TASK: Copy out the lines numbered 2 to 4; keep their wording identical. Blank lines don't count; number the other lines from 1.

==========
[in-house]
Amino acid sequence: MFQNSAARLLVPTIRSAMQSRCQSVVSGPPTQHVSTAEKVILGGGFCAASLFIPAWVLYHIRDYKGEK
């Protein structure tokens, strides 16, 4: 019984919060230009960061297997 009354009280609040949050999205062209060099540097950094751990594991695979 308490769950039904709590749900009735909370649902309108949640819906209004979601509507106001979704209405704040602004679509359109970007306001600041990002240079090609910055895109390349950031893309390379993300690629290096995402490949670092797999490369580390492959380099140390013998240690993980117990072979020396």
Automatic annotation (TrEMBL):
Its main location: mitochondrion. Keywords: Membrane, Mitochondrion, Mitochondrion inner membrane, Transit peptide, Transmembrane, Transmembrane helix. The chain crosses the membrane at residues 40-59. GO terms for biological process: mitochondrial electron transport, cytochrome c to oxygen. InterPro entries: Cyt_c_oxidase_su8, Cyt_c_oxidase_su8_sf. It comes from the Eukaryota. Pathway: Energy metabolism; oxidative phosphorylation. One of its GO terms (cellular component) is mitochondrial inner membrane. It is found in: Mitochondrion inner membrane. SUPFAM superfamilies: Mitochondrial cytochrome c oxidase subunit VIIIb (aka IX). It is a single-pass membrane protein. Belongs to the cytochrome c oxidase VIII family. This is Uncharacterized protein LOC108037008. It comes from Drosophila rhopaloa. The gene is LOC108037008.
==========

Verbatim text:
Amino acid sequence: MFQNSAARLLVPTIRSAMQSRCQSVVSGPPTQHVSTAEKVILGGGFCAASLFIPAWVLYHIRDYKGEK
């Protein structure tokens, strides 16, 4: 019984919060230009960061297997 009354009280609040949050999205062209060099540097950094751990594991695979 308490769950039904709590749900009735909370649902309108949640819906209004979601509507106001979704209405704040602004679509359109970007306001600041990002240079090609910055895109390349950031893309390379993300690629290096995402490949670092797999490369580390492959380099140390013998240690993980117990072979020396």
Automatic annotation (TrEMBL):